Wednesday, August 19, 2009

Back to School with a busted budget, some bling & an inferiority complex

Remember when Back to School was covered by a Trapper Keeper, some paper and a few pens? Those days are long gone, Mamas. But you already know this if you've been looking at the 16-page supply list sent home by your child's school. This year, my son's list includes paper towels, hand sanitizer, kleenex, and two different sizes of ziploc baggies. I don't even have 2 sizes of ziploc bags in my kitchen.

Shopping for school clothes has also floated up into a whole new ridiculous realm. I can't remember ever seeing advertisers going after kids for back to school purchases quite so aggressively. I was recently contacted by Kmart to blog about their new Back to School ad campaign for tweens. Although I do appreciate the fact that the marketing folks at Kmart took the time to learn that I blog about issues that are relevant to moms of preteen and teenage girls, they still missed the boat with me.

Blogging to raise awareness about a wonderful program to feed the hungry, to help moms with the dreaded sex-talk, to introduce an awesome yet little known product for girls, or to highlight a safe girl-friendly alternative to social networking... those are things that I'm more than happy to promote here on Reign. Another clothes-horse campaign that pushes the notion that kids (especially girls) can't be happy unless they look, dress and act a certain way ... not so much.

Have you seen recent back to school campaigns like this, this and this? Same tired message in pretty new wrapping. Who needs the three Rs when you've got the three... um... well, whatever three letters you feel like pulling from... Hotness Factor, Label Love, and Brand-name Bling (not "bling" as in jewelry only, but bling as in all things show-offy and status symbol-y like phones, portable games, mp3 players, blackberries and other expensive toys and accessories).

Of course, playing on perfectly natural social insecurities of adolescents (Will I fit in? Am I good/pretty/cool enough? Will he/she notice me?) and parental worries about kids' well-being to make a sale is a standard marketing tactic, but that doesn't mean that I have to support it here. Yes, parents do have the strongest influence when it comes to children developing healthy self-esteem, but damn we've got a lot of competition.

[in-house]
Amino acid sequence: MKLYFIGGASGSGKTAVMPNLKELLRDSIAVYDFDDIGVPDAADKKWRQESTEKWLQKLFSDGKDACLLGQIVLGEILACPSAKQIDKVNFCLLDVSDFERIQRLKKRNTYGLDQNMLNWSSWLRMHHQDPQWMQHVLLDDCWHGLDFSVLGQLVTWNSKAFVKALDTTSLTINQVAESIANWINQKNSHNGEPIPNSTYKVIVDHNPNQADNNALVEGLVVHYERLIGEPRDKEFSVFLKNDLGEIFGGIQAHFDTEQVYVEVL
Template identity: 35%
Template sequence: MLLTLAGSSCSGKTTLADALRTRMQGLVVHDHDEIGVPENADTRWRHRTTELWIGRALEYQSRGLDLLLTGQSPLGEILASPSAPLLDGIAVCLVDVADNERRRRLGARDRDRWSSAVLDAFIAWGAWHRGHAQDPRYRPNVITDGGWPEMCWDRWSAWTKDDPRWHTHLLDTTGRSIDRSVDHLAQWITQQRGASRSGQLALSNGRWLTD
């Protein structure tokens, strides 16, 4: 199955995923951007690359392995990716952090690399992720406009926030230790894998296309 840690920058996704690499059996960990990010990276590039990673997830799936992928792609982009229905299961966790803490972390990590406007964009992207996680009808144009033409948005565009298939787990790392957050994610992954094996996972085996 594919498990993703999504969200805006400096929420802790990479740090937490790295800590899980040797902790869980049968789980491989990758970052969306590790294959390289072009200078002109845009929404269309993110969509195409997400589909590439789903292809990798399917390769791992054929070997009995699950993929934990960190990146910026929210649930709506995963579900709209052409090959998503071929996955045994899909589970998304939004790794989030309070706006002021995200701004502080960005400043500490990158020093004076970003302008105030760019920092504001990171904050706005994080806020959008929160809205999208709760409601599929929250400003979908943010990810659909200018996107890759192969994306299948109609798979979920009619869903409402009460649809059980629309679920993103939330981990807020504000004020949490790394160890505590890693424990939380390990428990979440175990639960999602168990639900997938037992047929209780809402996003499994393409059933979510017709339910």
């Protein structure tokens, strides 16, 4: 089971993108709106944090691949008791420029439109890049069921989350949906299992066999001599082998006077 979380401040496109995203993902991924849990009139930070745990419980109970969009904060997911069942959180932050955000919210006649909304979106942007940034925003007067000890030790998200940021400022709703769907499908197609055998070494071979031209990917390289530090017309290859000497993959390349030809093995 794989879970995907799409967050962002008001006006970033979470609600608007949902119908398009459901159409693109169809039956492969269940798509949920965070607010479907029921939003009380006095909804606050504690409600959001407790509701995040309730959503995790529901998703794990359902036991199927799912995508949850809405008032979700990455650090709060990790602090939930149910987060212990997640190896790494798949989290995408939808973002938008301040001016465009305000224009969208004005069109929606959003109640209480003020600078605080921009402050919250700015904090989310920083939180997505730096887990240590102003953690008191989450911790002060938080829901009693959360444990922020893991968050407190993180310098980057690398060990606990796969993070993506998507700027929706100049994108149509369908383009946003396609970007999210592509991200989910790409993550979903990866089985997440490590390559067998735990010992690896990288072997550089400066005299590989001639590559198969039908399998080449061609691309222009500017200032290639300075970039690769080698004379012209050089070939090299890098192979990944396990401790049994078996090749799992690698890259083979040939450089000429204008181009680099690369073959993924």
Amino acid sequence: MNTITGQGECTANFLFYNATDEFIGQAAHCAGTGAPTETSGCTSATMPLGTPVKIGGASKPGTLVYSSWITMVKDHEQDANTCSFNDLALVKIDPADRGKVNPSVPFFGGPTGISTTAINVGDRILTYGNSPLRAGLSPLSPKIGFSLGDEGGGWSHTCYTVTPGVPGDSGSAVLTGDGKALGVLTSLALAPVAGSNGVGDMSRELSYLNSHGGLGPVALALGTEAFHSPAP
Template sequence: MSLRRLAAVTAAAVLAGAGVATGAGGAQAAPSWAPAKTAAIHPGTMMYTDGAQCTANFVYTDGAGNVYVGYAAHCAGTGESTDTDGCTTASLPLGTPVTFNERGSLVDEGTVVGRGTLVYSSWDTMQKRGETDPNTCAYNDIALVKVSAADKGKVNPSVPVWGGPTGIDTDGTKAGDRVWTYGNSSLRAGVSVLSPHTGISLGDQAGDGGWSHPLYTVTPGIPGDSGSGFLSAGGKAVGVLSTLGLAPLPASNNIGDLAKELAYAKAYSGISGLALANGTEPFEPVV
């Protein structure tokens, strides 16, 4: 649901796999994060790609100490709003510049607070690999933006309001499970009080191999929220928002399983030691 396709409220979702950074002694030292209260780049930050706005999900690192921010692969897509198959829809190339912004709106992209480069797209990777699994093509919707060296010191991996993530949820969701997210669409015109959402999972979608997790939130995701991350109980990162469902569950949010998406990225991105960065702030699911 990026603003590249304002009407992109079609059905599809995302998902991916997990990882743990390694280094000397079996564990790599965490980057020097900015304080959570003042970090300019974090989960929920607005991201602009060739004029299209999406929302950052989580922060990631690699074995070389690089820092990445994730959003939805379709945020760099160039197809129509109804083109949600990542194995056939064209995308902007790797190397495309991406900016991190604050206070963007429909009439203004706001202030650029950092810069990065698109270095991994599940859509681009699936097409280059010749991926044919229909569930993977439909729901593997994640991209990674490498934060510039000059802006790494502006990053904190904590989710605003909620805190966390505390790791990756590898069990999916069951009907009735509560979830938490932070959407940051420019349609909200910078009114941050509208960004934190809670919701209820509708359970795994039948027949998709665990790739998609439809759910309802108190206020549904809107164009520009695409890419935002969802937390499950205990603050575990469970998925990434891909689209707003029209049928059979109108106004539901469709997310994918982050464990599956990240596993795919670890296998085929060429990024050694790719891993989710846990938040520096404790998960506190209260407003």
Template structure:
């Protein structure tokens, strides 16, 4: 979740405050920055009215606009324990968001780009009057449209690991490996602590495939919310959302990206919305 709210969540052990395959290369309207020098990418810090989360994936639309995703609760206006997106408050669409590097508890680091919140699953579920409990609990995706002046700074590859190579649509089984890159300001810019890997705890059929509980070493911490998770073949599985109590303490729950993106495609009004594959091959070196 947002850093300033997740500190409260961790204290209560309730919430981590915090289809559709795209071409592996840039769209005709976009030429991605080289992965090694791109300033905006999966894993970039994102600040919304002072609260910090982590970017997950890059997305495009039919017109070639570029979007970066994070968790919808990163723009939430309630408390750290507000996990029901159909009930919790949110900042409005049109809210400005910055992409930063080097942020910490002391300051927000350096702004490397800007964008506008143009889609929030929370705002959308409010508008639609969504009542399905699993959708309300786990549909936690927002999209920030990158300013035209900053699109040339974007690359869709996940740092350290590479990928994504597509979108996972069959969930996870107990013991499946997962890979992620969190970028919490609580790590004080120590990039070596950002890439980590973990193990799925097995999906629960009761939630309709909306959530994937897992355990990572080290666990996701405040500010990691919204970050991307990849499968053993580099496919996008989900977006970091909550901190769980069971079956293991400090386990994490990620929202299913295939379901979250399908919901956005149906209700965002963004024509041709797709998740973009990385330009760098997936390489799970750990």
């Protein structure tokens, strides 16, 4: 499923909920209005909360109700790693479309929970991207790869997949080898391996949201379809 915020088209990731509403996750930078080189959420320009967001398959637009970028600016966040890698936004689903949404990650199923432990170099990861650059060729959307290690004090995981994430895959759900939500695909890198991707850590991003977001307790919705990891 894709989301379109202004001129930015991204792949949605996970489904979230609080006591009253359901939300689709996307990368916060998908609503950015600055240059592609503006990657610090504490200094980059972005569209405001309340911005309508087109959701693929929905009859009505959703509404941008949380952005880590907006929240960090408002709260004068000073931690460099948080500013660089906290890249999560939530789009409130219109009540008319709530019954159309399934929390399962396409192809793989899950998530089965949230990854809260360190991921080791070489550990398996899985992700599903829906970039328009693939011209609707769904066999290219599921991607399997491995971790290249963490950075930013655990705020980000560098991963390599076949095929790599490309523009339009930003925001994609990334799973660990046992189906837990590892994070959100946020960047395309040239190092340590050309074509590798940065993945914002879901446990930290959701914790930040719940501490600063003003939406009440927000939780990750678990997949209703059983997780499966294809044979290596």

Thursday, August 13, 2009

Linking & Loving all Summer: Shaping Youth

Big news. Consumer sales are down. No kidding. Even if you have a job, you're most likely holding on to as much of your paycheck as possible. Because who knows what tomorrow will bring in this economy? Hitting the mall is not at the top of any one's to-do list these days.

On a positive note, with parents reigning in their spending, kids have no choice but to tone down their consumer-crazy cravings as well. As the ever-enlightened Amy Jussel over at Shaping Youth points out, "Sale" is taking on a whole new hip vibe, which is fine with me. Despite kids still being bombarded with constant advertising, and then bombarding their parents with constant whining for new crap (or cash to buy new crap), it looks like Ma and Pa are finally telling Junior and little Suzy to be happy with what they have, wait for it to go on sale, or get a damn job. Value is back in vogue. Check out Amy's post to find how parents, teens, businesses and community orgs are working to combat the commercial pull.

Let's see how long this trend lasts. Marketers worked their asses off to get hold of their little golden geese... they won't be letting them go so easily.